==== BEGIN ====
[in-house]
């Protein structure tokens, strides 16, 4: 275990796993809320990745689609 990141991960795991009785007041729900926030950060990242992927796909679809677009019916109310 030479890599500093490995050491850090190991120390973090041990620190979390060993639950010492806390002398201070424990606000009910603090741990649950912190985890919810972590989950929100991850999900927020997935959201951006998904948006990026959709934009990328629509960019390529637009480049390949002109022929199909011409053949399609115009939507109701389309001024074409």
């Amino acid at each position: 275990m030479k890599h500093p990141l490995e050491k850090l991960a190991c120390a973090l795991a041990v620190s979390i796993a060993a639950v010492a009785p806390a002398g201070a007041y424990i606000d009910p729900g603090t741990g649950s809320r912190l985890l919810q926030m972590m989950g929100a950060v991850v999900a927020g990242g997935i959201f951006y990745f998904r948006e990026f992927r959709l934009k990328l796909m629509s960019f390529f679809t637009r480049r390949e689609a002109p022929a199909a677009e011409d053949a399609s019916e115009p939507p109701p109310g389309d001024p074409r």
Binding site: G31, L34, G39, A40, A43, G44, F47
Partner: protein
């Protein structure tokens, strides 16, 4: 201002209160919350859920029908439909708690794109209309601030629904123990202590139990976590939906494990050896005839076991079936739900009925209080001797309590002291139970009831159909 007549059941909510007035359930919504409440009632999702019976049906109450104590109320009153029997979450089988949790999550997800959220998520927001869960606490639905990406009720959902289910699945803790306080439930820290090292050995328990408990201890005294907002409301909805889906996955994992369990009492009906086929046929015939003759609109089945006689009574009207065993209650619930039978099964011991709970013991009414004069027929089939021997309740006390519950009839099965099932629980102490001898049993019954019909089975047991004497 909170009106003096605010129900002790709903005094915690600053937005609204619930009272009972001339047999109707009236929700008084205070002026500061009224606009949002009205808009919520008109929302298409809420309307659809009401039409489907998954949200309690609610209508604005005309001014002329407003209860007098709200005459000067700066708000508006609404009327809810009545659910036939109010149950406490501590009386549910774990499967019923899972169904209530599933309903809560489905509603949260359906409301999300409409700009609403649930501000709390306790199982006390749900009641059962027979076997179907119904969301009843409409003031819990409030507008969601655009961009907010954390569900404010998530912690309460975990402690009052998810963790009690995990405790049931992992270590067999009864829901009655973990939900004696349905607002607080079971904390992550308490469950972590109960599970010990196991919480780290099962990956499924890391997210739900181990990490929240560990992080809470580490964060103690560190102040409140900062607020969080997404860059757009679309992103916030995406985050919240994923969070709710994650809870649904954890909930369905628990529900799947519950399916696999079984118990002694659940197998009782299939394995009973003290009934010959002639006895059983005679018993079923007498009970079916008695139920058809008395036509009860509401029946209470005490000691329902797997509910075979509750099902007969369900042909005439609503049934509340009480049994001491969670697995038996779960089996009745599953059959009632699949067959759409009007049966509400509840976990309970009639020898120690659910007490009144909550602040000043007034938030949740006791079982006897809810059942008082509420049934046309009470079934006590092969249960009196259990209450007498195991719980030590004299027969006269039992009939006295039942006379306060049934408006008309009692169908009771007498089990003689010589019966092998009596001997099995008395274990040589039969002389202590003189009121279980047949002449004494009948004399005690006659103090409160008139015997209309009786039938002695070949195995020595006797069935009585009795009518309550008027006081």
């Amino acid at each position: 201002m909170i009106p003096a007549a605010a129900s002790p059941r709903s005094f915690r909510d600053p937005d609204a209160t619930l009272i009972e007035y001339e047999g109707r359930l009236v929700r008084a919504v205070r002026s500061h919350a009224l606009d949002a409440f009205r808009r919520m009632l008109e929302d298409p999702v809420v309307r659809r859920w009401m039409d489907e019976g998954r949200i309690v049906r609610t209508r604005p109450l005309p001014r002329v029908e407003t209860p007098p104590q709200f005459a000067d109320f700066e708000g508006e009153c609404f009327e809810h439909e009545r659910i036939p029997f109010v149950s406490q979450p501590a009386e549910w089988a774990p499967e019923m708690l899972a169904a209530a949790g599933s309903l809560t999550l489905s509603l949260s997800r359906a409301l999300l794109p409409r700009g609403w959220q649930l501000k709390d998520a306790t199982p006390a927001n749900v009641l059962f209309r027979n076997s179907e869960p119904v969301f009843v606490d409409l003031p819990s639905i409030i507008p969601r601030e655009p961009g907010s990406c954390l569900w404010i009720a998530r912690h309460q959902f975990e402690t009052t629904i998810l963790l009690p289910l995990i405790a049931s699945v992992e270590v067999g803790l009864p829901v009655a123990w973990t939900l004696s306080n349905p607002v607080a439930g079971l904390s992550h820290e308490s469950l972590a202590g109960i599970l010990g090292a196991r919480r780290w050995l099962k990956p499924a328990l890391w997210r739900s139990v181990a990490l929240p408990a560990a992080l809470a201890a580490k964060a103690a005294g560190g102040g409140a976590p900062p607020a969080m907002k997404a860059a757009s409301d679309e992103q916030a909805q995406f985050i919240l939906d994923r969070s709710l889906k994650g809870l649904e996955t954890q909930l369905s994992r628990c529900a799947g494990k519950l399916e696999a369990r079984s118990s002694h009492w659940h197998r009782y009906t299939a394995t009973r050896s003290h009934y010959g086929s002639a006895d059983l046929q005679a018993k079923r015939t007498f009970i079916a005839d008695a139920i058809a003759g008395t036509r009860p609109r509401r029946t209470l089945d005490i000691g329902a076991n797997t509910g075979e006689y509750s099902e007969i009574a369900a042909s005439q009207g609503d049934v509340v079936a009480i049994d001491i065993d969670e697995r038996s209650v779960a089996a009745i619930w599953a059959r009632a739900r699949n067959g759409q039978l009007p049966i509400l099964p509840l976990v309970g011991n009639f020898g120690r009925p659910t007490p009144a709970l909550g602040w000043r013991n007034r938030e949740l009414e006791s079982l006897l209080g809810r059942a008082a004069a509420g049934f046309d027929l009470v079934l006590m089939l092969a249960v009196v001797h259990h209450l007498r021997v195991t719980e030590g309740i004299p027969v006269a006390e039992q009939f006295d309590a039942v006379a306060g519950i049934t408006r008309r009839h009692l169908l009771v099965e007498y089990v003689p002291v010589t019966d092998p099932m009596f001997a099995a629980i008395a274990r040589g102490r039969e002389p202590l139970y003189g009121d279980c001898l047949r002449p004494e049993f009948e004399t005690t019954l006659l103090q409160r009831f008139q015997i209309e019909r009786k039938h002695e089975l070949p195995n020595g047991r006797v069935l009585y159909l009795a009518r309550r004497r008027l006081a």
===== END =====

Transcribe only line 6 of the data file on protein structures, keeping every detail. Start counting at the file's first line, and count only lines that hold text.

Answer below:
């Protein structure tokens, strides 16, 4: 201002209160919350859920029908439909708690794109209309601030629904123990202590139990976590939906494990050896005839076991079936739900009925209080001797309590002291139970009831159909 007549059941909510007035359930919504409440009632999702019976049906109450104590109320009153029997979450089988949790999550997800959220998520927001869960606490639905990406009720959902289910699945803790306080439930820290090292050995328990408990201890005294907002409301909805889906996955994992369990009492009906086929046929015939003759609109089945006689009574009207065993209650619930039978099964011991709970013991009414004069027929089939021997309740006390519950009839099965099932629980102490001898049993019954019909089975047991004497 909170009106003096605010129900002790709903005094915690600053937005609204619930009272009972001339047999109707009236929700008084205070002026500061009224606009949002009205808009919520008109929302298409809420309307659809009401039409489907998954949200309690609610209508604005005309001014002329407003209860007098709200005459000067700066708000508006609404009327809810009545659910036939109010149950406490501590009386549910774990499967019923899972169904209530599933309903809560489905509603949260359906409301999300409409700009609403649930501000709390306790199982006390749900009641059962027979076997179907119904969301009843409409003031819990409030507008969601655009961009907010954390569900404010998530912690309460975990402690009052998810963790009690995990405790049931992992270590067999009864829901009655973990939900004696349905607002607080079971904390992550308490469950972590109960599970010990196991919480780290099962990956499924890391997210739900181990990490929240560990992080809470580490964060103690560190102040409140900062607020969080997404860059757009679309992103916030995406985050919240994923969070709710994650809870649904954890909930369905628990529900799947519950399916696999079984118990002694659940197998009782299939394995009973003290009934010959002639006895059983005679018993079923007498009970079916008695139920058809008395036509009860509401029946209470005490000691329902797997509910075979509750099902007969369900042909005439609503049934509340009480049994001491969670697995038996779960089996009745599953059959009632699949067959759409009007049966509400509840976990309970009639020898120690659910007490009144909550602040000043007034938030949740006791079982006897809810059942008082509420049934046309009470079934006590092969249960009196259990209450007498195991719980030590004299027969006269039992009939006295039942006379306060049934408006008309009692169908009771007498089990003689010589019966092998009596001997099995008395274990040589039969002389202590003189009121279980047949002449004494009948004399005690006659103090409160008139015997209309009786039938002695070949195995020595006797069935009585009795009518309550008027006081």